Objective of this document
ComputeCpp Professional Edition has built-in support to output a JSON file that contains profiling information of the runtime and the underlying OpenCL implementation. This JSON file is conformant with the Chrome Trace Events format and can be loaded in any Chrome installation by accessing the URL chrome://tracing.
The objective of this document is to describe how to activate profiling for a ComputeCpp application using the configuration file.
Enabling the JSON profiler backend
ComputeCpp has the concept of a configuration file. A file that contains a list of options that can be used to configure how the runtime will perform certain operations.
In order to enable profiling of the runtime, create a file and add the option
enable_profiling = true. Point an environment variable called
COMPUTECPP_CONFIGURATION_FILE to this file and run the application. The following is a single command to create a file called
sycl_config.txt and export the environment variable to enable profiling:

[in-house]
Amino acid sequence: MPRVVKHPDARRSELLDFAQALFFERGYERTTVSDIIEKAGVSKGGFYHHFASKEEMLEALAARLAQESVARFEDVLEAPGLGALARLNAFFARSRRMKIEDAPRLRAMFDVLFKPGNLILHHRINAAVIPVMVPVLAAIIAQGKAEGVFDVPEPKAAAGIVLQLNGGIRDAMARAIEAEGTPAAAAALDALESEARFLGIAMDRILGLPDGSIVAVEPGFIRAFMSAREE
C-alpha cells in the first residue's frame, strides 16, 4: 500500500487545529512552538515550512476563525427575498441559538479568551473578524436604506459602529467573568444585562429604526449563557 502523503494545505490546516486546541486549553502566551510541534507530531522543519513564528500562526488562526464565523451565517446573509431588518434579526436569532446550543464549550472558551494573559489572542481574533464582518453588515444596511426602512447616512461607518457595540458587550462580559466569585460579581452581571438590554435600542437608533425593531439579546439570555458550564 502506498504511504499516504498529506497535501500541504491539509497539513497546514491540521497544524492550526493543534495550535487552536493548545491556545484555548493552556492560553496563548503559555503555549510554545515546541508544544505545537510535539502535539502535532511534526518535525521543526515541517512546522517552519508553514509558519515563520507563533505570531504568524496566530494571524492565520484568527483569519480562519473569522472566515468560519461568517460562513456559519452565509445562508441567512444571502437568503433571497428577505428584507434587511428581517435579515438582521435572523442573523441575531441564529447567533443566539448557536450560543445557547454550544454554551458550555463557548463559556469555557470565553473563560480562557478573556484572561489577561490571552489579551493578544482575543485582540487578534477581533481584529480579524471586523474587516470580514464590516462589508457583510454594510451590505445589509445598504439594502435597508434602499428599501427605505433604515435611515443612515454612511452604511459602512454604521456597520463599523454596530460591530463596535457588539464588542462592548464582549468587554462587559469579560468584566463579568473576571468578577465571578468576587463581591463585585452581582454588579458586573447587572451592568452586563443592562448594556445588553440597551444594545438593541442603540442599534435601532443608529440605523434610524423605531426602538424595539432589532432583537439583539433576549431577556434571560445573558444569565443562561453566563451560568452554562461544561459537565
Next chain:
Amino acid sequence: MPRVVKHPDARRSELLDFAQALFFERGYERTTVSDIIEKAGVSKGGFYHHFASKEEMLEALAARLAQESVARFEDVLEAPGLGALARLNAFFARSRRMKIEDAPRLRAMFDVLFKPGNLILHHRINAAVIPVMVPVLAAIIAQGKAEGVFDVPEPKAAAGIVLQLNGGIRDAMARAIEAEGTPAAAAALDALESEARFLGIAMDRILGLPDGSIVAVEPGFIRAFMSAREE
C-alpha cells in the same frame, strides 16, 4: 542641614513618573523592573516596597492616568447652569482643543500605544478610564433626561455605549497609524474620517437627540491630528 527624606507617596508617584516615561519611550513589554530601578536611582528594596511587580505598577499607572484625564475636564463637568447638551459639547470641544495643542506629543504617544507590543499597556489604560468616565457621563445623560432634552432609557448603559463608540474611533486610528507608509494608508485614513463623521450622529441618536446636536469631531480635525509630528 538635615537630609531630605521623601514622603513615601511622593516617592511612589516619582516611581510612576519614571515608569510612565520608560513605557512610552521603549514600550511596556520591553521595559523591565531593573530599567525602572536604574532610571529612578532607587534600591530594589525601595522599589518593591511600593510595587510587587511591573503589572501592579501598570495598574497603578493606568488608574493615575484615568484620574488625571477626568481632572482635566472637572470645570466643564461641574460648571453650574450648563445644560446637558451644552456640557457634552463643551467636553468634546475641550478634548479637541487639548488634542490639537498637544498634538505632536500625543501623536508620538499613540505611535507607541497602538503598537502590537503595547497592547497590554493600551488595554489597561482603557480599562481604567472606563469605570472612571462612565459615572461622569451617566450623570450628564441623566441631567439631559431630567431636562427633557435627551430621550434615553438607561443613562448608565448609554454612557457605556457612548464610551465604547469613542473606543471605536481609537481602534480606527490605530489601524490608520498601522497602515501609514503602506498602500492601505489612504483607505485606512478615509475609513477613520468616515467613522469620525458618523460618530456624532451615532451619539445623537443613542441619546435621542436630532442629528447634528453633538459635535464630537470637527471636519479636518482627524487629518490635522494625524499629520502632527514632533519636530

echo "enable_profiling = true" > sycl_config.txt; set COMPUTECPP_CONFIGURATION_FILE=sycl_config.txt
echo "enable_profiling = true" > sycl_config.txt; export COMPUTECPP_CONFIGURATION_FILE=sycl_config.txt
Note that if
COMPUTECPP_CONFIGURATION_FILEpoints to a file that doesn't exists, the runtime will fail to initialize.
By default, when the application finishes, the runtime will write the JSON file in the current working directory, usually the same directory as the binary of the application, in the format
This behaviour can be changed by setting the environment variable
COMPUTECPP_PROFILING_OUTPUT. If this is set, the runtime will use the value of this variable as the output file. The file doesn't need to exist but the application must have permissions to create and write it.
Performance Counters for Intel GPUs
When running ComputeCpp applications in Intel GPU's that match one of the following architectures, the profiler can display performance counters for the ComputeBasic metrics set.
- Intel(R) Processors with Gen11 graphics devices (formerly Icelake),
- Intel(R) Processors with Gen9 graphics devices (formerly Skylake, Kaby Lake, Apollo Lake/Broxton, Gemini Lake, Coffee Lake),
- Intel(R) Processors with Gen8 graphics devices (formerly Broadwell),
- Intel(R) Processors with Gen7.5 graphics devices (formerly Haswell).
No extra configuration is required, as long as the system supports Intel's Metrics Discovery API.
The following is an example of the Google Chrome Visualizer that displays a execution of BabelStream in an Intel GPU.
Note at the bottom the performances counters. Many more counters are available and they can be accessed by scrolling the window.